Judge refuses to consider ban on protests unconstitutional
Thursday, 04 December 2008
In the ongoing trial of four activists charged for attempting to participate in a procession, Dr Chee Soon Juan asked District Judge Toh Yong Joo to allow the defendants to question the police on why it rejected the application for a permit to conduct a rally and march. The Judge refused.
Dr Chee also asked the Judge to determine that the policy to ban all demonstrations and processions in Singapore is unconstitutional. The Judge also refused.
Dr Chee is charged together with Mr Gandhi Ambalam, Ms Chee Siok Chin and Mr Teoh Tian Jing for protesting during the WB-IMF meeting in Sep 06.
In his submissions Dr Chee cited a decision made by former Chief Justice Yong Pung How who had relied on Lord Justice Woolf’s judgment in an English case.
Woolf LJ had ruled that where it is pointed that there has been an abuse of power and bad faith on the policy maker a criminal court should allow cross-examination of the prosecution witness to determine the issue.
The issue stemmed from prosecution witness Deputy Superintendent Marc E Kwan Szer’s testimony that the “policy position of the police regarding outdoor processions and demonstrations is one of disallowance.”
Dr Chee asked Judge Toh to rule that this policy contravenes the constitution that guaranteed Singaporeans the right to freedom of speech and assembly.
“No person, able to reason, would conclude that the policy is not substantially out of line and patently unreasonable with the Constitution, both in spirit and in the letter,” the SDP leader pointed out.
He added that the police are playing the fool with the Constitution which according to Article 4 “is the supreme law of the Republic of Singapore and any law enacted by the Legislature after the commencement of this Constitution which is inconsistent with this Constitution shall…be void.”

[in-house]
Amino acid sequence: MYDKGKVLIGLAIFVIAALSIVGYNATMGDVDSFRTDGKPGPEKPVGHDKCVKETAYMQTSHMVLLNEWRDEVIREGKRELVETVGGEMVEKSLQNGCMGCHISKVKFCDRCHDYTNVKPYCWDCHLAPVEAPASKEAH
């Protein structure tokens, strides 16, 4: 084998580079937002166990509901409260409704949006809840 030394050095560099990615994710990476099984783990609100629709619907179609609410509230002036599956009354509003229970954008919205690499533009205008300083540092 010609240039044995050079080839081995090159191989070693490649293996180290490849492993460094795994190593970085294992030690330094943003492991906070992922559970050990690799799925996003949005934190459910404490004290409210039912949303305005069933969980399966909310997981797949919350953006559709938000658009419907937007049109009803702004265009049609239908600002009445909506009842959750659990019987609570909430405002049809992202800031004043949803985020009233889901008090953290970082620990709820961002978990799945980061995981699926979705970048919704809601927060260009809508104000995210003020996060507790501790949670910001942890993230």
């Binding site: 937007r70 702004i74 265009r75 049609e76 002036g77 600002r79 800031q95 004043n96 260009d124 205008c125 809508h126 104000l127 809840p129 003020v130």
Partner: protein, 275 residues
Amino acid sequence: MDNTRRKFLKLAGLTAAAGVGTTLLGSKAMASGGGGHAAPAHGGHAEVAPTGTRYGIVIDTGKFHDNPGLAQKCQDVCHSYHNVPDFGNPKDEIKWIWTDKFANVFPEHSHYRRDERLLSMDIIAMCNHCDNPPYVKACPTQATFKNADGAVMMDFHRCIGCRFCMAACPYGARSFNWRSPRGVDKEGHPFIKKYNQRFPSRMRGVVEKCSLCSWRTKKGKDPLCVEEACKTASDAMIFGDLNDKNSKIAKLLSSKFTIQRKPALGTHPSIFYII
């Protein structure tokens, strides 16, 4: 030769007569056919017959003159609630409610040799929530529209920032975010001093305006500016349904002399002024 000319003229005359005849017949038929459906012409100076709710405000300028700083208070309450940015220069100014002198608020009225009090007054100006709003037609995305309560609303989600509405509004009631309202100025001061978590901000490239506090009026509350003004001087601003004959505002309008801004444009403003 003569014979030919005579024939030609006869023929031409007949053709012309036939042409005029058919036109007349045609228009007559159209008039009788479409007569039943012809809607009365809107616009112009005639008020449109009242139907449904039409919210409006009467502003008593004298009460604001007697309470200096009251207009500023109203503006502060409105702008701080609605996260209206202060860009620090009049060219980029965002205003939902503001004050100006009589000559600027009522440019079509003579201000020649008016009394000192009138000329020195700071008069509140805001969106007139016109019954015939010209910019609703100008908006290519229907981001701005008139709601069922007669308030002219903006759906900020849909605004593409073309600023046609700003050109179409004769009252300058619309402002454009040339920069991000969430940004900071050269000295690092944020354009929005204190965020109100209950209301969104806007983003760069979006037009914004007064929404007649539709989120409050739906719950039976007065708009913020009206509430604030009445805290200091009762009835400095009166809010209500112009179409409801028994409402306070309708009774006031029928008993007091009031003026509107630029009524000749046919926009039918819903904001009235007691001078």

He cited Lord Justice Woolf’s judgement on this issue: “No citizen is required to comply with a law which is bad on its face. If the citizen is satisfied that that is the situation, he is entitled to ignore the law.”
The Prosecutor insisted that the only thing that mattered was whether or not the defendants had a permit to conduct their activity. But didn’t DSP Marc E testify that all applications for demonstrations and processions would be disallowed?
“The illogic of the charge jars the reasonable mind. Can the police accuse anyone of not having a permit when it makes clear that it will not give that permit?” Dr Chee posed the question to the Judge.
“If the Constitution clearly tells me that I have the right to freedom of speech and assembly,” the SDP leader continued, “but the police tell me that it will not grant me a permit for it, then the police policy is clearly [unconstitutional].
“This being the case, LJ Woolf, to which Yong CJ attached much importance, tells me that I am not required to comply with such a policy.”
Judge Toh dismissed Dr Chee’s arguments and insisted that the only thing that was important was the “existence or non-existence of a permit.”
The hearing continues at Subordinate Court 19 at 9:30 am tomorrow.